It’s tempting to call this campaign “social” because it is.
But painting it into such a corner is much too narrow a view on something I think is brilliant and valuable far beyond how many shares or likes or comments it may get.
Let me start by showing you what I’m talking about.
The idea is simple: create a physical object people can become part of and, thereby, take their picture with. And, yeah, people are.
Again, I think this is really clever, but as I mentioned, I think it goes far beyond metrics we typically measure content by because skiers are visual people. And visual people like to look at photos, yes, but they also like to take photos.
When you’re an Aspen or Snowbird or Big Sky or Whistler, you have the visual luxury of incredible vistas at every turn. At the top you’ve got bowls and peaks, at the bottom you have amazing architecture and beautiful towns, and in between you have long runs with deep snow. In other words, all the visuals your skiers would ever need are baked right in (to a point, I’ll talk more about that tomorrow).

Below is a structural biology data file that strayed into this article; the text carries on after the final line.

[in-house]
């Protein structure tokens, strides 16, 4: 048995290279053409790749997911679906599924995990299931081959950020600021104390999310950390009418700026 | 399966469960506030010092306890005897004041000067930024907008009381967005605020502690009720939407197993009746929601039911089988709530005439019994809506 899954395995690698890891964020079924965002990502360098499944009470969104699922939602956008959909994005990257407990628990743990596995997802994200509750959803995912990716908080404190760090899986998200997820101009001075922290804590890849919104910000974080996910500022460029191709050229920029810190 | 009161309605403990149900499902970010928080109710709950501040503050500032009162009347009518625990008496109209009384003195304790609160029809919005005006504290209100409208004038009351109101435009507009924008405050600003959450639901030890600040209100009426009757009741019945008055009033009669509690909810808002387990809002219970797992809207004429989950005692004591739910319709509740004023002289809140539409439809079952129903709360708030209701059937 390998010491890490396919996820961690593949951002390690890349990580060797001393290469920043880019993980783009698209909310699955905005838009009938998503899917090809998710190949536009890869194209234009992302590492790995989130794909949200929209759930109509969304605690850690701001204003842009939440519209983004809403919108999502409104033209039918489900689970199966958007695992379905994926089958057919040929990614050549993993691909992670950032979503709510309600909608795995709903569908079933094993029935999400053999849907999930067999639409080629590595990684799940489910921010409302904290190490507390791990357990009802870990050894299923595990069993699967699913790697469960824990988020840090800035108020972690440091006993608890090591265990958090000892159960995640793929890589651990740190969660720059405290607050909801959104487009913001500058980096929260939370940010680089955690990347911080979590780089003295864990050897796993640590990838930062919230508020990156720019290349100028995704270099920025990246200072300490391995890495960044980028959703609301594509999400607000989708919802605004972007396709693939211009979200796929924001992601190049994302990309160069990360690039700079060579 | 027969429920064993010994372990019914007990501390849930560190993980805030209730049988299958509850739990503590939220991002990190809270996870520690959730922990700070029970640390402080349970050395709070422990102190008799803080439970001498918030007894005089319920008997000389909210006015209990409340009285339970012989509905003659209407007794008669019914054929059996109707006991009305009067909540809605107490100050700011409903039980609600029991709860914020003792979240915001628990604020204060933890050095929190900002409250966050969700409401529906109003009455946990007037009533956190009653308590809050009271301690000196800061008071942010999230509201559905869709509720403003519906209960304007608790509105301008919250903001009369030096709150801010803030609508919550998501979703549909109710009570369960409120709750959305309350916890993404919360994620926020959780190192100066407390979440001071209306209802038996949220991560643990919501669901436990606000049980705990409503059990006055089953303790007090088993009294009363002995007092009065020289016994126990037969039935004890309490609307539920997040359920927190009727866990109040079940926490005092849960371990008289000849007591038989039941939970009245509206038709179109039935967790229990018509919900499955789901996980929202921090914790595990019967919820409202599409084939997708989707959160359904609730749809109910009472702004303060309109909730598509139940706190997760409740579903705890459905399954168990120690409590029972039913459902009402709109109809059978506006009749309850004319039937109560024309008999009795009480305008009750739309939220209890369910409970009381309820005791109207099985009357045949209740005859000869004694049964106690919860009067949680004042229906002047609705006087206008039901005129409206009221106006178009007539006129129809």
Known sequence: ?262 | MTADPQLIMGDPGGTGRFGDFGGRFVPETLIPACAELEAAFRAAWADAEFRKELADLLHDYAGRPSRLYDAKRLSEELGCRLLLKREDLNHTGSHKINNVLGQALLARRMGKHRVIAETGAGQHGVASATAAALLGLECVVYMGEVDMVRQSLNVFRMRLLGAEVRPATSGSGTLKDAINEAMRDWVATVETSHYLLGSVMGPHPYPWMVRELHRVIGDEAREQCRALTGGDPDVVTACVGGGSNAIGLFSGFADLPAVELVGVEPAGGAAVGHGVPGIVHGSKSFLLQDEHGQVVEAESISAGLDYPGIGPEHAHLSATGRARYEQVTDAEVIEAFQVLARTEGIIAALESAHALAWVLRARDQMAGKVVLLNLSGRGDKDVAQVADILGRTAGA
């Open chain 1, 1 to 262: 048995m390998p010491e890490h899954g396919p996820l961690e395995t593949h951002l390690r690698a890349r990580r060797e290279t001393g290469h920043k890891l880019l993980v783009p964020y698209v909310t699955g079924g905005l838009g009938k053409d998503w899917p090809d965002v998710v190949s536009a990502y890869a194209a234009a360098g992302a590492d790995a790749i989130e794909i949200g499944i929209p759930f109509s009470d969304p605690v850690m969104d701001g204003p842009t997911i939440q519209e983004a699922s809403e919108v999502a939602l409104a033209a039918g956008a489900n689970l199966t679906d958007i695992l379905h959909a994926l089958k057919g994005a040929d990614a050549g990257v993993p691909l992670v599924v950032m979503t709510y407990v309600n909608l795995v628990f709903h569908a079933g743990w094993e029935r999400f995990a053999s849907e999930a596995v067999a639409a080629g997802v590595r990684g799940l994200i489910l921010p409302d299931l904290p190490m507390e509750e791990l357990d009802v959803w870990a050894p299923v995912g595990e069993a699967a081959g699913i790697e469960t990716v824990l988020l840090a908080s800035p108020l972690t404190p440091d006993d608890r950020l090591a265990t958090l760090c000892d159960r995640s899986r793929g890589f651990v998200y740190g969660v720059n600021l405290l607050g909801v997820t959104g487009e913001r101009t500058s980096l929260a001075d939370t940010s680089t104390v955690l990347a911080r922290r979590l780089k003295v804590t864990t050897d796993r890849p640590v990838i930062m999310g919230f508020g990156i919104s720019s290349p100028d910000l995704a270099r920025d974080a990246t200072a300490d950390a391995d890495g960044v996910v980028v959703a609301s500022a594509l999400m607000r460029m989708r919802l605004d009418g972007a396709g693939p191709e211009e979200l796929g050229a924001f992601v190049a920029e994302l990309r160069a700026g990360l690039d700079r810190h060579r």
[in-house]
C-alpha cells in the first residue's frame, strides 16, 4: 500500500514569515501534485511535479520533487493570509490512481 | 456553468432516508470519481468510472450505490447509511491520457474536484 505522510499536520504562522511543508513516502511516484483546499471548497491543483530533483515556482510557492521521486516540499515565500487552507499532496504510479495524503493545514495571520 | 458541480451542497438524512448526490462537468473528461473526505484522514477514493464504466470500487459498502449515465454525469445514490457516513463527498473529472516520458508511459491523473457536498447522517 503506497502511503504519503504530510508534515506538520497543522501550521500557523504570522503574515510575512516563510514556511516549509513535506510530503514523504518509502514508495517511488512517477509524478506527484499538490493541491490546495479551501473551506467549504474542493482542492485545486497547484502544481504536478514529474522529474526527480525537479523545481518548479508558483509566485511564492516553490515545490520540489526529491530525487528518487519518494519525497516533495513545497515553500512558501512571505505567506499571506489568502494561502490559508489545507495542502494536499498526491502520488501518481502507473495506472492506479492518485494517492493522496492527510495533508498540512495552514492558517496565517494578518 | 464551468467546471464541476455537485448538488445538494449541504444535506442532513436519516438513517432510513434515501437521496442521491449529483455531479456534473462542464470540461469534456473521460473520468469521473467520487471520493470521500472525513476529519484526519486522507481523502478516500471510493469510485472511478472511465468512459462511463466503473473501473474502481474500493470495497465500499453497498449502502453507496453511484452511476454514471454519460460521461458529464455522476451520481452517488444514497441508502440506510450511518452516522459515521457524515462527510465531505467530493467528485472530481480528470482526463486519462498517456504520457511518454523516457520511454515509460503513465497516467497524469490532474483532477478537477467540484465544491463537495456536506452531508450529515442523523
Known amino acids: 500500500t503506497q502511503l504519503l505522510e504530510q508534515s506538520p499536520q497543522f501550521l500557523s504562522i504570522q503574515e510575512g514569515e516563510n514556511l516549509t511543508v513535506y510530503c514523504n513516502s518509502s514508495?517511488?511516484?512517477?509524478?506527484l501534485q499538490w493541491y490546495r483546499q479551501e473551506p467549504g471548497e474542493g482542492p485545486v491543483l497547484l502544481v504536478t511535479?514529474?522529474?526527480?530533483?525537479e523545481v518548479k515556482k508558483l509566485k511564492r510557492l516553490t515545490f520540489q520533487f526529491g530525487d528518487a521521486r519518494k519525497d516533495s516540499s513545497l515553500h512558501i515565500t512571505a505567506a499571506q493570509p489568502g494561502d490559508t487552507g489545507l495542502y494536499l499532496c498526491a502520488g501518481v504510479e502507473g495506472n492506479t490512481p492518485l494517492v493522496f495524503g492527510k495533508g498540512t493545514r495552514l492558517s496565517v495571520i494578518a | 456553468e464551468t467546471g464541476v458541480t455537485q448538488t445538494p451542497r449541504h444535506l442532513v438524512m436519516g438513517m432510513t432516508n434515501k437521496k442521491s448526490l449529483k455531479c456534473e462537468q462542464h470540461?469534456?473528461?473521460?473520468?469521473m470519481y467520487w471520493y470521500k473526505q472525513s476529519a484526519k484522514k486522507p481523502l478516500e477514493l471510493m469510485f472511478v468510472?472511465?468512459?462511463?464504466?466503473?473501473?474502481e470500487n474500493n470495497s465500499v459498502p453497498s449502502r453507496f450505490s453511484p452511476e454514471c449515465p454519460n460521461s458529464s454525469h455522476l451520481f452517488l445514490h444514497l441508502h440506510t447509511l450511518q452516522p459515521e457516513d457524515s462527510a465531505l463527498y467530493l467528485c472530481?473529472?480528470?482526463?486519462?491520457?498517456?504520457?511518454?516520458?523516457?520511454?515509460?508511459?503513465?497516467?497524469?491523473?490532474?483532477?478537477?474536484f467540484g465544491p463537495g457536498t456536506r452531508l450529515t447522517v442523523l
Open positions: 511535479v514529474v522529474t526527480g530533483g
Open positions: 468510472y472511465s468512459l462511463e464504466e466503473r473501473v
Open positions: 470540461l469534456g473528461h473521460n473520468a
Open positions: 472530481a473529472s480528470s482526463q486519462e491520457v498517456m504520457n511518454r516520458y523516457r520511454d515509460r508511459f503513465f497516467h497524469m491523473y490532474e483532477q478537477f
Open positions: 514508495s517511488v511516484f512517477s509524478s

But when you’re in Indiana…well…you don’t. The skiing may be great, but the visuals are harder to come by.
So what do you do if you’re short in the naturally amazing visual department but your prospective customers are extremely visual people? If you’re Epop and PNS the answer is simple; you create one. A small thing, but when you look at the value, it’s a brilliant move.
P.S. – This is a much bigger topic so, as I alluded to earlier, I’m going to explore this more tomorrow.
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